philosophy n use of reason and argument in search for truth
and knowledge of reality, esp. of the causes and nature of
things, and of the principles governing existence,
perception, human behaviour, and the material universe...
[French from Latin from Greek: philos, friend, sophia,
--Pocket Oxford English Dictionary, Seventh Edition
"A clean slate."
"Not quite, General."
"We've removed only one layer of government. The top layer, to be
sure, but only one layer nevertheless. Most of the wastage and
sheer bloody-mindedness that we have to eradicate exists at lower
Wye thought about this for a moment, then nodded. An hour had
passed since the second broadcast, and the Three had moved back
into the room that the General had awoken in that morning. Was it
only this morning? Shit! I only woke up nine hours ago - seems
like a lot longer. General Absolaam Wye, absolute ruler of the
United Kingdom, rose to his feet and started to pace the room.
He paused in mid-stride, then turned to Deborah, "He's right,
isn't he? So what do we do now?"
"That's the tough part, Absolaam. We've got some ideas, but our
detailed plans only took us up to this moment."
"For fuck's sake why?" Wye yelled, losing control for a moment.
"Because," Graham smoothly interjected, calm as ever, "Because we
thought that rigid plans made in advance of knowing the facts
would be more of a hindrance than a help."
Deborah nodded, "Those kind of plans are what got this country
into a mess in the first place. We're going to have to learn the
facts as we go along - and think on our feet."
The General sat down heavily, sighed deeply, and closed his eyes
for a moment before saying, "I know, you're right. And I'm sorry."
The three of them stood, sat and paced that room for what seemed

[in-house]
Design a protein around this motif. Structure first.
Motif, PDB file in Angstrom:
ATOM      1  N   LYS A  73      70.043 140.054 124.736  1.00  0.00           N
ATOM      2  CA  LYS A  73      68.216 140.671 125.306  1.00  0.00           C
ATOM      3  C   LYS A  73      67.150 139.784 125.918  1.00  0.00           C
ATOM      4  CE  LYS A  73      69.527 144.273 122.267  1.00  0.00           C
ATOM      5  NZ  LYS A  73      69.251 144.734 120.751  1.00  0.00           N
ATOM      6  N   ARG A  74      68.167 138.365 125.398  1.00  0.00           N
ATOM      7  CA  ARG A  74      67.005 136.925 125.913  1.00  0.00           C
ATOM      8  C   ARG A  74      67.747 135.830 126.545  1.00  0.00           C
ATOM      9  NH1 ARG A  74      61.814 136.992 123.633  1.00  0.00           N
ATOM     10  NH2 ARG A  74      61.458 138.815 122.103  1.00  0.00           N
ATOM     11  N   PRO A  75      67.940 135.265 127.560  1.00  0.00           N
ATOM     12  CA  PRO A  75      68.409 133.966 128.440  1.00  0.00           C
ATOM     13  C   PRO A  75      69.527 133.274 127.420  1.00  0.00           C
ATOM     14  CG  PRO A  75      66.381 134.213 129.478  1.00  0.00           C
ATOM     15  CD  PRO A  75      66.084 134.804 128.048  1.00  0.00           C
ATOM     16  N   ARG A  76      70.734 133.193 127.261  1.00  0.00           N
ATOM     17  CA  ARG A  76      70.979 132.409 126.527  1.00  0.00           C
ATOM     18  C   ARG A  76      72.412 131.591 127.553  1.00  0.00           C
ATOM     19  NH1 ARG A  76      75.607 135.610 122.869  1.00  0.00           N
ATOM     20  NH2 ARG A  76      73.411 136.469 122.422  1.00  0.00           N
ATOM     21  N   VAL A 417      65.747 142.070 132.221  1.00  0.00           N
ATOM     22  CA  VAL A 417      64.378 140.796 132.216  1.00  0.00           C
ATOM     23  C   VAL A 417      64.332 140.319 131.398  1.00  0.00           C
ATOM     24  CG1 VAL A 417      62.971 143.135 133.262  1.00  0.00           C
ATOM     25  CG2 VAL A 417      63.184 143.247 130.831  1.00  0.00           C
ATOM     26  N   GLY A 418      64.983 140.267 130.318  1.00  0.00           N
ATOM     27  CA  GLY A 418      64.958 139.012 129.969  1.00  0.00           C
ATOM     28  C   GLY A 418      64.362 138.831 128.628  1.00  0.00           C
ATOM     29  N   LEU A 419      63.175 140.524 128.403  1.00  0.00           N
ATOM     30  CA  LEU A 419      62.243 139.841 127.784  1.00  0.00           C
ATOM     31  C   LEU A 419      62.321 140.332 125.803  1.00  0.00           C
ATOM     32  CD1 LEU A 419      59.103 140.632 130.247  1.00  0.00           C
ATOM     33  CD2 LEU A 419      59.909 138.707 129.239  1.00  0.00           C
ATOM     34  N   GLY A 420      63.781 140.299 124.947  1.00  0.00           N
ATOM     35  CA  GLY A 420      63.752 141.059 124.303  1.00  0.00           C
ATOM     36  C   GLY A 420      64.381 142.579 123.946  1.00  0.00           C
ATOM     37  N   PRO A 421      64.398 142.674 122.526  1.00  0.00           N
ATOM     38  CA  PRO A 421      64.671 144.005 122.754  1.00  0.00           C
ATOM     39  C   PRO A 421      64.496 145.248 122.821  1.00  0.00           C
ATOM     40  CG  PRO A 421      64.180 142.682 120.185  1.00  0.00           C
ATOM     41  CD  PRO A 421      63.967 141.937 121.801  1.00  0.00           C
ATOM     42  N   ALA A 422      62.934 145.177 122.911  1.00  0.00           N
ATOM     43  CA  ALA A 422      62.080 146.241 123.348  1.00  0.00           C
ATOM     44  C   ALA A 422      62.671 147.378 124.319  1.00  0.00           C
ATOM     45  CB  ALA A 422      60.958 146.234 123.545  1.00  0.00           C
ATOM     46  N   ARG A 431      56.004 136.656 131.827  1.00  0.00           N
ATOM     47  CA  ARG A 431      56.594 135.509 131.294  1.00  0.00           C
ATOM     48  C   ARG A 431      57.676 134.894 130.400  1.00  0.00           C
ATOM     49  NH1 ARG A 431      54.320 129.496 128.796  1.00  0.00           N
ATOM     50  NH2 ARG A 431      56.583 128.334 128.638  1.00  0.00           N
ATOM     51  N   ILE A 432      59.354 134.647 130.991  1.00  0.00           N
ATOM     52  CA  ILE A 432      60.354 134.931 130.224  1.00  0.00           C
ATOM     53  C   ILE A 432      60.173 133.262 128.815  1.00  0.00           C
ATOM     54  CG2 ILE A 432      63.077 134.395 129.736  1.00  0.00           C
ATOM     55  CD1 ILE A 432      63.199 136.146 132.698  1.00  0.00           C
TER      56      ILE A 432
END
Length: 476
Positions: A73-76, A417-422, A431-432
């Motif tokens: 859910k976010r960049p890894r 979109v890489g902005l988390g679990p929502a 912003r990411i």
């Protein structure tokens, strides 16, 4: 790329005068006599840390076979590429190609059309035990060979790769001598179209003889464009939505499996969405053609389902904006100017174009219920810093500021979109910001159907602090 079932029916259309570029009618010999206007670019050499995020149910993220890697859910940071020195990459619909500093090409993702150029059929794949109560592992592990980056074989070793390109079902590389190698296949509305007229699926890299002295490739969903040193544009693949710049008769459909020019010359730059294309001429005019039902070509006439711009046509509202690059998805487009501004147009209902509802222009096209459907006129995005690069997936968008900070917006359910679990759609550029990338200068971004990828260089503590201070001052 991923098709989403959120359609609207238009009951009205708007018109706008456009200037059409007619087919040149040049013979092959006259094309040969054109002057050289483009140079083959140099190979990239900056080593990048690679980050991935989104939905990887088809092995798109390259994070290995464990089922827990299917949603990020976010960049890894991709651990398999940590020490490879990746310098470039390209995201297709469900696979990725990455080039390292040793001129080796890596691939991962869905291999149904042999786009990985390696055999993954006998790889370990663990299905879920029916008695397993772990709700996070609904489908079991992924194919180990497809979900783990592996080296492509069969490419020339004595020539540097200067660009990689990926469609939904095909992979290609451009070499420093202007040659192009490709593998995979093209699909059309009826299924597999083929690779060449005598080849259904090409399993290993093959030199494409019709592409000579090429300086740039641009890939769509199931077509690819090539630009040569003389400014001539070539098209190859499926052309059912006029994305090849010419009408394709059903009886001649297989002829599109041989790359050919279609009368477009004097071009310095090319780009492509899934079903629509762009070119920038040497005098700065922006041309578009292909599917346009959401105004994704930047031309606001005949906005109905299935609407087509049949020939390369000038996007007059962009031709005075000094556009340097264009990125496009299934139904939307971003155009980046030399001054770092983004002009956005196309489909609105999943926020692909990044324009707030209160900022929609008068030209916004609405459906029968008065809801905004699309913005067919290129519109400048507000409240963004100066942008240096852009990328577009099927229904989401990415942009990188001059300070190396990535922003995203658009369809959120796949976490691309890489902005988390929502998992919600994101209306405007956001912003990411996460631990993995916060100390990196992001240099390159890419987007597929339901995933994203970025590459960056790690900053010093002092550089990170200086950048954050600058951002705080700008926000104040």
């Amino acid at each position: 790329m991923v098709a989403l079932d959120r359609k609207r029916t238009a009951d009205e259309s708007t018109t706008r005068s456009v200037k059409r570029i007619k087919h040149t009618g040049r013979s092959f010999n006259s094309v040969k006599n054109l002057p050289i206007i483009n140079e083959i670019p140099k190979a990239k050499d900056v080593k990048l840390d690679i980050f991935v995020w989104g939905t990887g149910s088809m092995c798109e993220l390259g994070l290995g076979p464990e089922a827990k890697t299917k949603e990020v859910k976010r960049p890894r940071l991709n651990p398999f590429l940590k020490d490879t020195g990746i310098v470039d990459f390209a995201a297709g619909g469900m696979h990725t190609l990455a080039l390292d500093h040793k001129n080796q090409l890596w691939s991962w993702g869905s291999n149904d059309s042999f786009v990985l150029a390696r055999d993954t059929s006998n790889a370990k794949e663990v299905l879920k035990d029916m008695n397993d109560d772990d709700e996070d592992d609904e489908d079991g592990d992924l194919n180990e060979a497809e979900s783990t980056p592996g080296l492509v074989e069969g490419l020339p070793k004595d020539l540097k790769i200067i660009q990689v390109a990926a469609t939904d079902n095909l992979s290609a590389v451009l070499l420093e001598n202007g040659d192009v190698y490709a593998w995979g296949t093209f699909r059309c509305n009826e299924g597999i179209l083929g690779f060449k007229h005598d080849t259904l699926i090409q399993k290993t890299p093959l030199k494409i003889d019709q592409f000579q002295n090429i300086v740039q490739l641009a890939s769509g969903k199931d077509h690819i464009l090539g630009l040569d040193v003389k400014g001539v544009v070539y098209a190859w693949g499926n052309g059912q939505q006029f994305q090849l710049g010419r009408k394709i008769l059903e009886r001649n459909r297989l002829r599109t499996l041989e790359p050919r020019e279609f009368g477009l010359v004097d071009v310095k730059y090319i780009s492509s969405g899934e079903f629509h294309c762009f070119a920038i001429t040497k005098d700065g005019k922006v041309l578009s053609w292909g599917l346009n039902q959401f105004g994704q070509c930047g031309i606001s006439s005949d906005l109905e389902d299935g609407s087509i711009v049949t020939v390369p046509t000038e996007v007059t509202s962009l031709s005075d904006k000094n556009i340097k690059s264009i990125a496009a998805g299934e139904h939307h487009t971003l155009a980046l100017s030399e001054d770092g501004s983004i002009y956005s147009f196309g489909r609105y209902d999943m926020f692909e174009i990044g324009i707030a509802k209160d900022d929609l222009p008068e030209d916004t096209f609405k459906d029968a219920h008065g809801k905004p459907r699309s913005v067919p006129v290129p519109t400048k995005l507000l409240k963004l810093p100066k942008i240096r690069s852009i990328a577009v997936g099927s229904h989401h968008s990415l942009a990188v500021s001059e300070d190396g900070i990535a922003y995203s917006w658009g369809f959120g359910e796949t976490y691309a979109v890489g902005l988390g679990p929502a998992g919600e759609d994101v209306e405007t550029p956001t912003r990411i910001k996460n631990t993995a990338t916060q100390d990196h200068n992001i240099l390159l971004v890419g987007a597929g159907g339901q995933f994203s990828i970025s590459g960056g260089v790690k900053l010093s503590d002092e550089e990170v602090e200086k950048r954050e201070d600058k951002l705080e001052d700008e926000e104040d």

an eternity - but was in fact less than half an hour.
Then, "Money!" cried Wye.
"Money is the key," Wye elaborated, "If we can gain control of
the money supply - I mean absolute control - then the future will
become one hell of a lot easier."
Deborah considered this for a moment then agreed. Graham, too,
pondered the idea, and voiced his agreement at the same time as
"The problem, then," Wye went on, "Is: How do we get control of
the money supply?"
"Not a problem at all," Deborah said. Seeing the two men's
puzzled expressions, she elaborated, "We can do anything we wish
right now - while the images of terror from the broadcast are
still fresh in people's minds."
"I'd almost forgotten about that damned broadcast," Wye said,
"But you're right, of course - though we'll have to act quickly."
He strode to the table which dominated the room, and pushed a
button on the intercom he found on it. "Get me the heads of every
bank and building society in the country," he said to the private
secretary on the other end, "And get them in here within the
next," he glanced at Deborah, who showed him two fingers of her
right hand in the victory symbol, "Two hours," Wye listened to
protests from the other end of the connection for a bare instant
before he snapped, "No excuses - just do it. Now."
Two hours later - in most cases, dishevelled from long trips in a
style as far from first class as it is possible to get without
actually leaving the plane, train or helicopter - the twelve most
financially influential men in the country were standing in front
They were standing, because Wye had decided not to provide them
with seats. For fully ten minutes, they stood in silence - many
with fear etched on their faces - while the General, seated at the
long table, merely stared at them. Their own glances switched from
Wye's left to his right - from Graham to Deborah - and never, ever
lingered on the General himself.
Then, Wye said, "Gentlemen," and they all appeared to tense up
even more than they already had been, "Did you all see my two
broadcasts earlier this evening?" A chorus of nods and murmured
words of agreement followed.
"Do you, then," the General continued, "Doubt my word when I tell
you that you will each do exactly as I say?" This time, the chorus
consisted of shaking heads and murmured 'No's. Wye was reminded of
a flock of sheep as he went on, "So. Deborah?"
"You see before you, gentlemen," she began, "One telephone per